Despite their evolution, the group had yet to take a stand on the collective calls for rebellion and dissent. This silence rankled leaders of the counterculture. French film-maker Jean Luc-Goddard even accused the group of being “corrupted by money”.

These accusations, as well as Epstein’s death in 1967, compelled the band to clarify their position. As Lennon explained to Rolling Stone Magazine:

“I had been thinking about it up in the hills in India. I still had this ‘God will save us’ feeling about it, that it’s going to be all right. That’s why I did it: I wanted to talk, I wanted to say my piece about revolution. I wanted to tell you, or whoever listens, to communicate, to say ‘What do you say? This is what I say.”

Lennon returned to the UK determined to address the subject in song.

Early Recording (Take 18)

On May 30th 1968, The Beatles began recording Revolution. Lennon paired his lyrics with a down tempo blues guitar riff.

On the last take of the day (known as Take 18 in Beatles lore), the group broke out into an extended jam session. The final 6 minutes of the recording featured improvisational and vocal interludes with members of the group laughing and screeching into the microphone. This psyched out coda would provide the inspiration for Revolution 9.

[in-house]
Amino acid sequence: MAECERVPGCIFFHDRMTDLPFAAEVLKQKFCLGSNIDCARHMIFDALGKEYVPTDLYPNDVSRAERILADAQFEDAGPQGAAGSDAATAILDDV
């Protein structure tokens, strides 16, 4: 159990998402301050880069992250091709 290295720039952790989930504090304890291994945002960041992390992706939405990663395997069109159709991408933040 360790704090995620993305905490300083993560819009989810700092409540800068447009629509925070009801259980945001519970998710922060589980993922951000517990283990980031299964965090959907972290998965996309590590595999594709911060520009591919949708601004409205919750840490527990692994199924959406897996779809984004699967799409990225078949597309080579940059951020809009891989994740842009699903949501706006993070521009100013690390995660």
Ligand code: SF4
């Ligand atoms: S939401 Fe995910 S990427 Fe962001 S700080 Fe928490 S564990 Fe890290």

While Take 18 never made it onto any Beatles albums, it provided the skeleton for all three versions of the song. It was released to the public as part of the 50th anniversary edition of The White Album. Check it out below:

Revolution 1

The track titled “Revolution 1” is one of the two versions of the song released on the White Album. It’s a more polished recording of the first four minutes of Take 18. On the track producer George Martin removes the experimental outro and adds horns and backing vocals.